Graveyards and Ghostly Gatherings

One of the episodes of Season Two is filmed in the “Old Jail Museum,” in downtown Warrenton. “Many deaths have occurred there,” said Martinez. The Fleetwood Church in Culpeper County is another site they staked out. It was close to the Civil War site known as the Battle of Brandy Station, and the church was built on top of an old graveyard, Martinez said.

The battle was fought in June 1863, and known as the largest cavalry battle of the war. The Union troops under Union cavalry commander Maj. Gen. Alfred Pleasonton were up against Confederate general J.E.B. Stuart, and in the end, there were 1,299 soldiers killed in the battle. The battle occurred just south of the Rappahannock River along the Orange and Alexandria Railroad. Their investigation at the Fleetwood Church uncovered “spirits of those buried under the church,” Martinez said.

Tapping into this area’s history is part of it too, and Martinez feels he’s possibly uncovering things that may not be as famous as the Mount Vernon Plantation of the trail of Mosby’s Raiders. At the Occoquan Inn, where The Witching Hour set up camp for an episode, there is reportedly the “Entity of Dogue Indian,” and an “English Gentleman,” haunting the premises. “When we go out and film at these locations, we’re preserving history too,” he said. In Fairfax County, “we’ve done a few private home investigations,” he added, “they would hear walking.”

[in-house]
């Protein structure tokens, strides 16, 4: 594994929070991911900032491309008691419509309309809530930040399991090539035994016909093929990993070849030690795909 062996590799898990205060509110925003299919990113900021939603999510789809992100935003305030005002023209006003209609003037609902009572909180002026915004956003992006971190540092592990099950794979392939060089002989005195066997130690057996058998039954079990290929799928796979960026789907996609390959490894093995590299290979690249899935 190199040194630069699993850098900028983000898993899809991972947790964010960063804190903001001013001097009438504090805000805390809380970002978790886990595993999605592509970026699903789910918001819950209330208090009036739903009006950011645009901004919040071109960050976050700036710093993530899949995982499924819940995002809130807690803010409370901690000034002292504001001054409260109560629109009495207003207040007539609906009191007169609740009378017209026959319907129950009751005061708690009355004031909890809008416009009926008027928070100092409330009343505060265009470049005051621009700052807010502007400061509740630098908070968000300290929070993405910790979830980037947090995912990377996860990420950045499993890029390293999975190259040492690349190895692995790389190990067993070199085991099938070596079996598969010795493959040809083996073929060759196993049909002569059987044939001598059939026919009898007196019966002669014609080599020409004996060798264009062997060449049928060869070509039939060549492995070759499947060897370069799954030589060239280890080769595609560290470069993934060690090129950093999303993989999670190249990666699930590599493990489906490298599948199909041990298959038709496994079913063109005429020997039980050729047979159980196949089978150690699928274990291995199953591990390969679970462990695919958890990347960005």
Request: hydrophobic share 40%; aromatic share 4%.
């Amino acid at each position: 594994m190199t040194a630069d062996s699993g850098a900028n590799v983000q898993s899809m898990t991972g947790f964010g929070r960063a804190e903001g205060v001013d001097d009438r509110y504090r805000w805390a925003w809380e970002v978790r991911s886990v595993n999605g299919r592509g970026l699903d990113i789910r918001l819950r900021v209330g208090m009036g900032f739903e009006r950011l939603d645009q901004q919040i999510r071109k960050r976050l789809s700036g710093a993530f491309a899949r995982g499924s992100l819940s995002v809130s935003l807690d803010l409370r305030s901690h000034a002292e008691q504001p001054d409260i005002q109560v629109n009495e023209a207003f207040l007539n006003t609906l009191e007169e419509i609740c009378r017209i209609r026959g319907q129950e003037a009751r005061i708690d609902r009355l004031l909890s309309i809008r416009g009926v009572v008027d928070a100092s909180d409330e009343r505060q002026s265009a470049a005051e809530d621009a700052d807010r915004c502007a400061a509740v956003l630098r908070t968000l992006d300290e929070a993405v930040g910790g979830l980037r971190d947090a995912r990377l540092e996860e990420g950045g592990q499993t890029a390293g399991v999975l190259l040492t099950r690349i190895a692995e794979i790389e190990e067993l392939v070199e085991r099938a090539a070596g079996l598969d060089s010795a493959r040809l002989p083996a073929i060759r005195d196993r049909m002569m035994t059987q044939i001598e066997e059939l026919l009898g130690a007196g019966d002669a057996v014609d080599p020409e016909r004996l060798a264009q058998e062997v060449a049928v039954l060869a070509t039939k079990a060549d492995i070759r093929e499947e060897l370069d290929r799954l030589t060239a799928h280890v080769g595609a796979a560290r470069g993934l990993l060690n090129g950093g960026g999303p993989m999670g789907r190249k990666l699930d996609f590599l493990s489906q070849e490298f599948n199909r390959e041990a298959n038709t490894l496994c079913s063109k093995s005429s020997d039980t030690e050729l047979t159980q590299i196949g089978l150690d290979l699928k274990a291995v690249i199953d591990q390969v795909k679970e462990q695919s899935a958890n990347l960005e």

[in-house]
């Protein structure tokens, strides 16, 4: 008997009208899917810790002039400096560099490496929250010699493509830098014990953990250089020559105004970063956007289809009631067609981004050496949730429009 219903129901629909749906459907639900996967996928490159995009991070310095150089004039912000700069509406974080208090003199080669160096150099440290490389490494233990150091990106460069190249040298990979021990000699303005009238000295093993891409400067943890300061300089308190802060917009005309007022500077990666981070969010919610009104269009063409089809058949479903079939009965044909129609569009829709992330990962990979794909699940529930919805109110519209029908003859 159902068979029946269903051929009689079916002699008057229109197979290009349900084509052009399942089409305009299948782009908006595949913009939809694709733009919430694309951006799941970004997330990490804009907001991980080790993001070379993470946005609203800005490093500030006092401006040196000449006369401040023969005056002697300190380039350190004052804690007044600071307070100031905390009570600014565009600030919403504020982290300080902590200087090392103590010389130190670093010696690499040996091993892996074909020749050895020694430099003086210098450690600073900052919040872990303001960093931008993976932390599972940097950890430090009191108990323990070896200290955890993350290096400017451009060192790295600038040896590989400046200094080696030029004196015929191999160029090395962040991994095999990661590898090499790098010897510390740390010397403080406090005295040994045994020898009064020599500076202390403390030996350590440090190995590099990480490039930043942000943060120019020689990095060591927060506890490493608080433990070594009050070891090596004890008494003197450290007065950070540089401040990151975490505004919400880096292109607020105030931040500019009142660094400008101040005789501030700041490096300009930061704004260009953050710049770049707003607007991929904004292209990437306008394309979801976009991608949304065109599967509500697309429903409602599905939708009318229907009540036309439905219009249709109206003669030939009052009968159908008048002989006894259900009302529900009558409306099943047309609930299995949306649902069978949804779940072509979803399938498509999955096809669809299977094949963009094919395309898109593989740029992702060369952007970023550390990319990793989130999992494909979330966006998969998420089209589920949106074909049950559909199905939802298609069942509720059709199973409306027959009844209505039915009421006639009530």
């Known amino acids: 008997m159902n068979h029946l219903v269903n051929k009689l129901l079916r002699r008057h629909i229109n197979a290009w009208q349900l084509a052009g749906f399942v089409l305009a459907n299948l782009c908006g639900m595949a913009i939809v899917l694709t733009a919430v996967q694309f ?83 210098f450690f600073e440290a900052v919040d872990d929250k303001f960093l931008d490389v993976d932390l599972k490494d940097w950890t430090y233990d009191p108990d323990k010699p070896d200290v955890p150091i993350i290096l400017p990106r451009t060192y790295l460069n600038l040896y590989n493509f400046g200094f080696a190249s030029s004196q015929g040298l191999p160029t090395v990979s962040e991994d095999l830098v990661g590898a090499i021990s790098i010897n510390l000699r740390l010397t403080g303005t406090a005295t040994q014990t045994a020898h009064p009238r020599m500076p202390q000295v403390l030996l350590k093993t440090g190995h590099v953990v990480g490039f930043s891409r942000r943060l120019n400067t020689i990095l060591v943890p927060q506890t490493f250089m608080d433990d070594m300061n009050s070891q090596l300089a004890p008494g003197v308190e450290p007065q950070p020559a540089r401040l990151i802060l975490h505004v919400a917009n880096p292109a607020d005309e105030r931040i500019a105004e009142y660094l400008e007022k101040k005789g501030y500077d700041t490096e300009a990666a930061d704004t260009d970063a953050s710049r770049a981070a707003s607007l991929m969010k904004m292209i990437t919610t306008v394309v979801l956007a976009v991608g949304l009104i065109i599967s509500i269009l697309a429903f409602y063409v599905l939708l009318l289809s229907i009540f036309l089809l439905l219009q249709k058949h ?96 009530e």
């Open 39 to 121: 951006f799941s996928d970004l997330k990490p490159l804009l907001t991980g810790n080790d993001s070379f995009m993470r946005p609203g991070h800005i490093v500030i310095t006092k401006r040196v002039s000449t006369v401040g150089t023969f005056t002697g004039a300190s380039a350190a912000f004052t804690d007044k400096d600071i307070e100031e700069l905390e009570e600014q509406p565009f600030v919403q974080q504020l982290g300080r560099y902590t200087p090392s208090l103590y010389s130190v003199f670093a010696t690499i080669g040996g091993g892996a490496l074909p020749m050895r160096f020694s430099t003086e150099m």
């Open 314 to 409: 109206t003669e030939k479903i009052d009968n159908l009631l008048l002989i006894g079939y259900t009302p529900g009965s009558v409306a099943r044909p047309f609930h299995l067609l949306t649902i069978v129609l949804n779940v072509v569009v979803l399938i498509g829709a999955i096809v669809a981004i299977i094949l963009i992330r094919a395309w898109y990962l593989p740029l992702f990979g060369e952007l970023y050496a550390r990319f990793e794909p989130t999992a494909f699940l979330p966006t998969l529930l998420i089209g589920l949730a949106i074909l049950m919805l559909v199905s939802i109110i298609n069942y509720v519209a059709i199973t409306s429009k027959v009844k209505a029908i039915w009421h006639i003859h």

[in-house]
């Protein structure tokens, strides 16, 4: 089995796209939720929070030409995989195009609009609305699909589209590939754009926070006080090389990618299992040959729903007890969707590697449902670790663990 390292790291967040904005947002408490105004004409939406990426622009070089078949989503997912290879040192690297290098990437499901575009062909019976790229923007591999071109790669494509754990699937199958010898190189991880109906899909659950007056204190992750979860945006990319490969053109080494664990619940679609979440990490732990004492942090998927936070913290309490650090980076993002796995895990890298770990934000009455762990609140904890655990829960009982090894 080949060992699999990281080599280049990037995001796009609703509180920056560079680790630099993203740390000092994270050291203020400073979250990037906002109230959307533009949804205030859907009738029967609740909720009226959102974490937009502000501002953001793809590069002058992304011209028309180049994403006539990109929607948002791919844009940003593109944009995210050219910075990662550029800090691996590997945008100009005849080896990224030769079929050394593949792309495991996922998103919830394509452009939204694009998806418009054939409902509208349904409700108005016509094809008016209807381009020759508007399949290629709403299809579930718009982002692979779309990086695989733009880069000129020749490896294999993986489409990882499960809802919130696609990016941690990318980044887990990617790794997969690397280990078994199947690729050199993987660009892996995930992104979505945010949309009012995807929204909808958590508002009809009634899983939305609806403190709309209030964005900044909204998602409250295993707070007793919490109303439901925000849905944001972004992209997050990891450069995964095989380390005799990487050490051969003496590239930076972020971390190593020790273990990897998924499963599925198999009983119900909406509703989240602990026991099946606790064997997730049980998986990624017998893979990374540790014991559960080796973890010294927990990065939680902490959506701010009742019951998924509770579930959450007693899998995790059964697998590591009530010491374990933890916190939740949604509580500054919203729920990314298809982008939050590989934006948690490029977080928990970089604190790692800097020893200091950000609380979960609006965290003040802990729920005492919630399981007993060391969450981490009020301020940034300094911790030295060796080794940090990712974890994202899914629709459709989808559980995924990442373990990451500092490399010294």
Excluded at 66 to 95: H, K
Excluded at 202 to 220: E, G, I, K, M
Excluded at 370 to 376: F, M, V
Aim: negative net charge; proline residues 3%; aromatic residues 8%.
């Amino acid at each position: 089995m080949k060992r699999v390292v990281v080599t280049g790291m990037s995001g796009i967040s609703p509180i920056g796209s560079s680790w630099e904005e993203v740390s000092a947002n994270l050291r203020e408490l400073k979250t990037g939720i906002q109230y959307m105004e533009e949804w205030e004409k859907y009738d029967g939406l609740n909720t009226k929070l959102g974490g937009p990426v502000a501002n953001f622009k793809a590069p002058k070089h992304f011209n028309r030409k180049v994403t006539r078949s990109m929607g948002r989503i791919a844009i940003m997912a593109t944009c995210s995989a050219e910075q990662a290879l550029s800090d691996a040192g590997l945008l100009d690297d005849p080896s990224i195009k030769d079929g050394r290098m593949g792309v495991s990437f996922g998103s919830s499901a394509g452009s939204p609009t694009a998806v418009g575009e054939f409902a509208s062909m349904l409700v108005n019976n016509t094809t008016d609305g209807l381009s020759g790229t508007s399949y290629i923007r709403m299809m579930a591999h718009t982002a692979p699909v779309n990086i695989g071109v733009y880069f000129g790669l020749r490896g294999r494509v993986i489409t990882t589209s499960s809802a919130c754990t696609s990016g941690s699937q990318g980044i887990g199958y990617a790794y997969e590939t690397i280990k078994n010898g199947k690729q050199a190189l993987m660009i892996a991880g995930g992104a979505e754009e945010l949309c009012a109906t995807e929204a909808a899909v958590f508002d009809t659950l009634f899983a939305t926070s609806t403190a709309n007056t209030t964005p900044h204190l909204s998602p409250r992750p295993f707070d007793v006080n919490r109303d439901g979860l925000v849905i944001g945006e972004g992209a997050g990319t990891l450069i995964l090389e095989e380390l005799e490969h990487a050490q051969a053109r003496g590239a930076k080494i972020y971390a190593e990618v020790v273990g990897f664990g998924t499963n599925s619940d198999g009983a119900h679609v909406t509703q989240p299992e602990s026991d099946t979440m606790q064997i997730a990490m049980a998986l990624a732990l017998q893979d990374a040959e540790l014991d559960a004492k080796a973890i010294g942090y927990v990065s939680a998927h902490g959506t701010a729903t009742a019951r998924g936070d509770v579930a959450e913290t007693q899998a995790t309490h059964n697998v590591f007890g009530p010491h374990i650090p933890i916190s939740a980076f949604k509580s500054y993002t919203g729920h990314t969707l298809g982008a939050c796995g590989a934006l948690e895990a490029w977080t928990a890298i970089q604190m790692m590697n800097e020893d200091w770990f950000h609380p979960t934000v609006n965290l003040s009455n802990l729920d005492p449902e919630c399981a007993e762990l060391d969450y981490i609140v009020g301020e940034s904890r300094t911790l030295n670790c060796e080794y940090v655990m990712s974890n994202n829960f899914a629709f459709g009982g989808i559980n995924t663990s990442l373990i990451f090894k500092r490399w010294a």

At the Occoquan Inn, they experienced “ceiling lights turning on and off, footsteps and stomping that could be heard from the second floor, and even witnessed our mini maglites turn on and off after we would ask the spirits if they could use some of their energy to manipulate the lights,”


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Spirits in the basement.

said MartInez. With their various electronic tracking equipment, the spirit energy seemed to be traced to a second floor bathroom. It turns out the inn had a history of being a hospital and funeral parlor in the Civil War, the owner Gary Savage told them.

They are looking to travel back to Pennsylvania for future shows. For one or two of the shows in season three, “we’re hoping to film at a couple of places near Gettysburg,” Martinez said.

Quiet on the Set

With all these spirit recordings, and the land surrounding Northern Virginia, rich with history, the team had to learn to put it all together for a show, and Martinez tapped into the Fairfax Public Access channel for guidance. Although “I taught myself a lot of skills,” he said, the classes at FPA were needed too, particularly the studio camera course. “That course was very helpful to me,” Martinez said.

All the travel and time involved might have landed them an award, but everything is funded out of the trio’s pockets, which includes travel, food, membership fees and equipment. Even the EVP has to be paid for by someone, and they decided against bringing in advertisers because they wanted to be in control, and with someone else making decisions based on money, “it really wouldn’t work out well,” Martinez said.